The plague first manifests itself in the infected person as a type of déjà vu, with an accompanying aphasia. Everything that happened presented itself as already happened. This infinitely complicated things. For as soon as the person adjusted, understanding that this was merely a symptom of the plague, his or her understanding slipped backward into the already happened. Each realization had to be doubled against itself into becoming understood next: an impossible therapy to maintain. The present tense was a slippery slope to anyone in remission. The "now" became a deepening lesion, and from it rose the smell of this new sickness.
There are two sections to PCE: in the first, "Autobiography," we follow a man who may or may not become a zombie himself stumble through the beginnings of a plague, intent on rescuing the newborn son he's never met. His reality mingles with detached flights of hallucination, and by the end, I'm not even sure there was a son. The second section, "Novel," tells the story of the zombie plague itself, and how it begins to affect the people of Ontario.
On September 7 strange new edicts are passed in the Ontario legislature with more hand-washing than wringing. and by late afternoon the instructions are handed over to heavily armed teams. They are directed to exercise maximum force immediately. To combat contagion all form of communication is banned. Speaking, listening, reading, even sign language are punishable at the brute discretion of Ontario's own licensed assassins. Citizens are instructed to stay at home and communicate only through nods or shakes of the head.
This is only a brief summary, as, like Lynch at his most mind-bending, Burgess resists a traditional narrative structure in favour of scenes that insinuate themselves into your medulla, and images that by turns fascinate and horrify. Other characters flit about, their importance to the story nebulous at best. One character may or may not be a ghost, or demon, or angel. Two children flee their parents and hide in an abandoned cabin, whereupon they commence to live an existence that would surely get the book summarily banned should those with weak temperaments and even weaker grasps of art versus reality ever read the book (not much chance there).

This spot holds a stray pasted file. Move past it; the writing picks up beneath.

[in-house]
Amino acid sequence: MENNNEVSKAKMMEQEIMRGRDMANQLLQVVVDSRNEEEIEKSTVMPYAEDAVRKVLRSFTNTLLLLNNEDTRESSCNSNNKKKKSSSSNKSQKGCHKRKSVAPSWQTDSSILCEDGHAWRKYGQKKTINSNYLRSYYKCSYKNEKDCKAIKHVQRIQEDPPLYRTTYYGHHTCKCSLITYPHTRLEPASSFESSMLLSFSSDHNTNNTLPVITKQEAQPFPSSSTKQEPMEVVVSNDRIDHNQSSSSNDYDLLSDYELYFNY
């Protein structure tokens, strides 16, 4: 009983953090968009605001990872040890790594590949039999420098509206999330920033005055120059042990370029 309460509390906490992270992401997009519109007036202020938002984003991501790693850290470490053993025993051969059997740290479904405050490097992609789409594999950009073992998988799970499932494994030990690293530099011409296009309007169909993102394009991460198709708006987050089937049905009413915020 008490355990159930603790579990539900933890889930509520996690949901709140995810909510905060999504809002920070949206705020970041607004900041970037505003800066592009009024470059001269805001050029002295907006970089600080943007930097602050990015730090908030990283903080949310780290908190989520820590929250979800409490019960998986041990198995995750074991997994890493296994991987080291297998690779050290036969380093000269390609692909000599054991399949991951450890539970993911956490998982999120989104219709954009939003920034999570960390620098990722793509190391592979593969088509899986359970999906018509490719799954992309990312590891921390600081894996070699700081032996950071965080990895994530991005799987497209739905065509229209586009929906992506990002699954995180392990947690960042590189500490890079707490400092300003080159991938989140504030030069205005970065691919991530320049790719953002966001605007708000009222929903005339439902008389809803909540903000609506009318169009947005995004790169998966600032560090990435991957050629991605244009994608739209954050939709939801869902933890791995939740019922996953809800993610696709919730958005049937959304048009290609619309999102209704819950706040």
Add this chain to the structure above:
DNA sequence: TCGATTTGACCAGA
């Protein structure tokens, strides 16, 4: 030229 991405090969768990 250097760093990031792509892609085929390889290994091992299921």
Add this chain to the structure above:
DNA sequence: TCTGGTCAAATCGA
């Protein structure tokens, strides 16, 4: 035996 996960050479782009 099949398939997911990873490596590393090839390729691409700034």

Sometimes, it's hard to even justify what you are reading as anything more than being weird for weird's sake (not that there's anything wrong with that). Yet even if PCE were to be thoughtlessly shoved into the 'bizarro' genre of literature — a serious literary genre that combines satire and absurdism with non-traditional narratives and crazy-weird plot devices: while it has a fan in sci-fi/fantasy grand master Michael Moorcock, whose acclaimed Jerry Cornelius series could be classified as bizarro, the genre is usually populated with titles such as The Ass Goblins of Auschwitz, Gigantic Death Worm, Squidpulp Blues, and Unicorn Knife Fight — it would still stand head and shoulders above its peers. Burgess is a fine writer, and his prose oozes menace while following an inner logic that virtually demands repeated readings.

Burgess is never going to be to everyone's taste; like I said, he demands some work on the part of the reader, like most artists do. If your taste leans toward a relatively undemanding horror where vampires sparkle and werewolves solve crimes, stay away; if you've replayed Lost Highway more time than you can count, wondering how Bill Pullman transmogrified into Balthazar Getty, you'll undoubtedly love Pontypool.

Verdict: The Monkey Loves, Although His Head Hurts a Bit

P.S. Bruce McDonald, with Burgess as Screenwriter, produced a film version of Pontypool which while an utterly fabulous flick, grim and dark, one of the best zombie films of the past decade — takes serious liberties with the text. I advise reading one and watching the other, but recognize beforehand that they are markedly different monsters.

1 comment:

Medea said...

I saw the film and had no idea there was a book. It was frightening though, and I tend to be more frightened by books, so I don't know if I have the nerve to try this! Sounds fascinating though.